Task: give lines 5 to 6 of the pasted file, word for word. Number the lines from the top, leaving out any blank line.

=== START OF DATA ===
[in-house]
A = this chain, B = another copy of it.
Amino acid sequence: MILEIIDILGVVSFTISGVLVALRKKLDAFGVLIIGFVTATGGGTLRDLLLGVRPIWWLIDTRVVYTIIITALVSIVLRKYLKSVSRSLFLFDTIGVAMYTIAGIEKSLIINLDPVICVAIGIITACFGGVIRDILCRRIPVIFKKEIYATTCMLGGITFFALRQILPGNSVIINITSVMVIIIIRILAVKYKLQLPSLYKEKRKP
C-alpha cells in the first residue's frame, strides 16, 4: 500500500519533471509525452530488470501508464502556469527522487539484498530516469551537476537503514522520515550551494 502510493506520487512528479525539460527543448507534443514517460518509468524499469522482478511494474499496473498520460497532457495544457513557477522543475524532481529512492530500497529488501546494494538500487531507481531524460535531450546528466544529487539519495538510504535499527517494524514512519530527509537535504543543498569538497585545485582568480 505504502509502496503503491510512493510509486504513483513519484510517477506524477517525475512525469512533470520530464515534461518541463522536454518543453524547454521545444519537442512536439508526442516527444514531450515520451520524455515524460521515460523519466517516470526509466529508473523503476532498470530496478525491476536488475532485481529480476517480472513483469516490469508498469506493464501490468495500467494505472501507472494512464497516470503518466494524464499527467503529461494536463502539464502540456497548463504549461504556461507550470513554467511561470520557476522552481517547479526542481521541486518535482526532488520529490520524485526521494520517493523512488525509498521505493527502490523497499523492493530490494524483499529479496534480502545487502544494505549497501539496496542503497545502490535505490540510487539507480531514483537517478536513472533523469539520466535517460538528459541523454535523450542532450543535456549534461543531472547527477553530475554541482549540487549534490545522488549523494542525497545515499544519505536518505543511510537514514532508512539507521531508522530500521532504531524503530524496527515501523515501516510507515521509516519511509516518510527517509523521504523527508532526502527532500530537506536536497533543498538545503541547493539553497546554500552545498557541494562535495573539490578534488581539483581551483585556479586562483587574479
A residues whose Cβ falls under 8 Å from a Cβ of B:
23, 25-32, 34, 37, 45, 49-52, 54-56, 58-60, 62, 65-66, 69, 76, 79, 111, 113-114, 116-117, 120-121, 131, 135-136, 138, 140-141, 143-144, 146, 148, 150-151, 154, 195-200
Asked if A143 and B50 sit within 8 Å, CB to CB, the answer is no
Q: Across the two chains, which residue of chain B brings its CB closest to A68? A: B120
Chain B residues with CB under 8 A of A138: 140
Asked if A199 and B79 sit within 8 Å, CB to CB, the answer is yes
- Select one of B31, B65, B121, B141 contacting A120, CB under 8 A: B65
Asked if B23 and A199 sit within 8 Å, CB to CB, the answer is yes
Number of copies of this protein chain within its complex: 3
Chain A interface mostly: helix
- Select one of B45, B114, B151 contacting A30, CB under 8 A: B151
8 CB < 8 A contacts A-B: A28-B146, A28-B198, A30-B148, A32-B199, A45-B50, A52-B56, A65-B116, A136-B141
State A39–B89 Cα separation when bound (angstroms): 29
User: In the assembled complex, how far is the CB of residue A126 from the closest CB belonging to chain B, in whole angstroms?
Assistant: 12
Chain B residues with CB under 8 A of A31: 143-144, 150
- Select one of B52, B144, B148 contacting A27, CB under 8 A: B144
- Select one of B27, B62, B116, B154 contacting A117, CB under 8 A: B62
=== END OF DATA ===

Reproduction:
A residues whose Cβ falls under 8 Å from a Cβ of B:
23, 25-32, 34, 37, 45, 49-52, 54-56, 58-60, 62, 65-66, 69, 76, 79, 111, 113-114, 116-117, 120-121, 131, 135-136, 138, 140-141, 143-144, 146, 148, 150-151, 154, 195-200